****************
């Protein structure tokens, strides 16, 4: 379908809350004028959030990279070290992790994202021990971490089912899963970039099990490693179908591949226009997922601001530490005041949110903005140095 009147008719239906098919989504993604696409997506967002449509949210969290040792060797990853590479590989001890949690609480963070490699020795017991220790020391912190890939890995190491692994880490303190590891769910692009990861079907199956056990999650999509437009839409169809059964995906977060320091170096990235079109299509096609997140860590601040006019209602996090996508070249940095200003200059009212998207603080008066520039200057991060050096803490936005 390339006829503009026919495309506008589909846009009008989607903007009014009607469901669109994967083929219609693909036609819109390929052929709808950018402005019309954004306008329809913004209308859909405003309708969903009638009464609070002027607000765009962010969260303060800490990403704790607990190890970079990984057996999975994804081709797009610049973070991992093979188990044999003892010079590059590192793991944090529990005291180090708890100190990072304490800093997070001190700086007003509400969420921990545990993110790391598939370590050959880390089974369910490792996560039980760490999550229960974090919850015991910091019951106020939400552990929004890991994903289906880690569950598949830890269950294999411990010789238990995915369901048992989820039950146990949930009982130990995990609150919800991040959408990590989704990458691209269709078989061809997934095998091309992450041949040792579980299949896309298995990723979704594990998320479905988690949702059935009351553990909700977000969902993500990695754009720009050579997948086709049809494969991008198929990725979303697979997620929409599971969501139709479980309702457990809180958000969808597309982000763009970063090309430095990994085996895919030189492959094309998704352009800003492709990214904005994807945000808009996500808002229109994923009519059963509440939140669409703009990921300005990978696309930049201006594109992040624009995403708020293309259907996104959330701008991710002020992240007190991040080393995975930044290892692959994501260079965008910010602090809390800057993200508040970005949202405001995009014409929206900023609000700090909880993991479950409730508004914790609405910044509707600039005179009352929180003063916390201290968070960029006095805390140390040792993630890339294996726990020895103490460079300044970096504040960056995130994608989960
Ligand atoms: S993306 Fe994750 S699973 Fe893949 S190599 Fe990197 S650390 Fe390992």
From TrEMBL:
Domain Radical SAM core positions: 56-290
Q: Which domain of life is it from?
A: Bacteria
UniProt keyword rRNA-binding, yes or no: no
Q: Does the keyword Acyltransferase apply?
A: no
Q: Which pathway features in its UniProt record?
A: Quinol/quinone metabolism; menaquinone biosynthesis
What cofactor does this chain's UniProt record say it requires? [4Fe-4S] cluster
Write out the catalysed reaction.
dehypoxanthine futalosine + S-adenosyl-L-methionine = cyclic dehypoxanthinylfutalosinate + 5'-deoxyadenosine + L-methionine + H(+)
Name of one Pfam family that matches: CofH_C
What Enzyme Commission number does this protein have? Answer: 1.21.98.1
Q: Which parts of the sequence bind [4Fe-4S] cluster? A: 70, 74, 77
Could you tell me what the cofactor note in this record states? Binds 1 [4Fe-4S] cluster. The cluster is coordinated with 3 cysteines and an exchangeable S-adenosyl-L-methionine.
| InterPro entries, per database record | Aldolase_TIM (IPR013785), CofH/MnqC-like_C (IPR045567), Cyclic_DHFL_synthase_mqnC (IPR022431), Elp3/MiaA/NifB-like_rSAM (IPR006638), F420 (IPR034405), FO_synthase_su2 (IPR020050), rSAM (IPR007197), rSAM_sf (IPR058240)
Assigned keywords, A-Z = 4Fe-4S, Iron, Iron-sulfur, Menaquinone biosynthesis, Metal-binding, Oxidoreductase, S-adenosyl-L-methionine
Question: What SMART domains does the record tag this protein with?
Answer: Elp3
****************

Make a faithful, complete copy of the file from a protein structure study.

């Protein structure tokens, strides 16, 4: 379908809350004028959030990279070290992790994202021990971490089912899963970039099990490693179908591949226009997922601001530490005041949110903005140095 009147008719239906098919989504993604696409997506967002449509949210969290040792060797990853590479590989001890949690609480963070490699020795017991220790020391912190890939890995190491692994880490303190590891769910692009990861079907199956056990999650999509437009839409169809059964995906977060320091170096990235079109299509096609997140860590601040006019209602996090996508070249940095200003200059009212998207603080008066520039200057991060050096803490936005 390339006829503009026919495309506008589909846009009008989607903007009014009607469901669109994967083929219609693909036609819109390929052929709808950018402005019309954004306008329809913004209308859909405003309708969903009638009464609070002027607000765009962010969260303060800490990403704790607990190890970079990984057996999975994804081709797009610049973070991992093979188990044999003892010079590059590192793991944090529990005291180090708890100190990072304490800093997070001190700086007003509400969420921990545990993110790391598939370590050959880390089974369910490792996560039980760490999550229960974090919850015991910091019951106020939400552990929004890991994903289906880690569950598949830890269950294999411990010789238990995915369901048992989820039950146990949930009982130990995990609150919800991040959408990590989704990458691209269709078989061809997934095998091309992450041949040792579980299949896309298995990723979704594990998320479905988690949702059935009351553990909700977000969902993500990695754009720009050579997948086709049809494969991008198929990725979303697979997620929409599971969501139709479980309702457990809180958000969808597309982000763009970063090309430095990994085996895919030189492959094309998704352009800003492709990214904005994807945000808009996500808002229109994923009519059963509440939140669409703009990921300005990978696309930049201006594109992040624009995403708020293309259907996104959330701008991710002020992240007190991040080393995975930044290892692959994501260079965008910010602090809390800057993200508040970005949202405001995009014409929206900023609000700090909880993991479950409730508004914790609405910044509707600039005179009352929180003063916390201290968070960029006095805390140390040792993630890339294996726990020895103490460079300044970096504040960056995130994608989960
Ligand atoms: S993306 Fe994750 S699973 Fe893949 S190599 Fe990197 S650390 Fe390992």
From TrEMBL:
Domain Radical SAM core positions: 56-290
Q: Which domain of life is it from?
A: Bacteria
UniProt keyword rRNA-binding, yes or no: no
Q: Does the keyword Acyltransferase apply?
A: no
Q: Which pathway features in its UniProt record?
A: Quinol/quinone metabolism; menaquinone biosynthesis
What cofactor does this chain's UniProt record say it requires? [4Fe-4S] cluster
Write out the catalysed reaction.
dehypoxanthine futalosine + S-adenosyl-L-methionine = cyclic dehypoxanthinylfutalosinate + 5'-deoxyadenosine + L-methionine + H(+)
Name of one Pfam family that matches: CofH_C
What Enzyme Commission number does this protein have? Answer: 1.21.98.1
Q: Which parts of the sequence bind [4Fe-4S] cluster? A: 70, 74, 77
Could you tell me what the cofactor note in this record states? Binds 1 [4Fe-4S] cluster. The cluster is coordinated with 3 cysteines and an exchangeable S-adenosyl-L-methionine.
| InterPro entries, per database record | Aldolase_TIM (IPR013785), CofH/MnqC-like_C (IPR045567), Cyclic_DHFL_synthase_mqnC (IPR022431), Elp3/MiaA/NifB-like_rSAM (IPR006638), F420 (IPR034405), FO_synthase_su2 (IPR020050), rSAM (IPR007197), rSAM_sf (IPR058240)
Assigned keywords, A-Z = 4Fe-4S, Iron, Iron-sulfur, Menaquinone biosynthesis, Metal-binding, Oxidoreductase, S-adenosyl-L-methionine
Question: What SMART domains does the record tag this protein with?
Answer: Elp3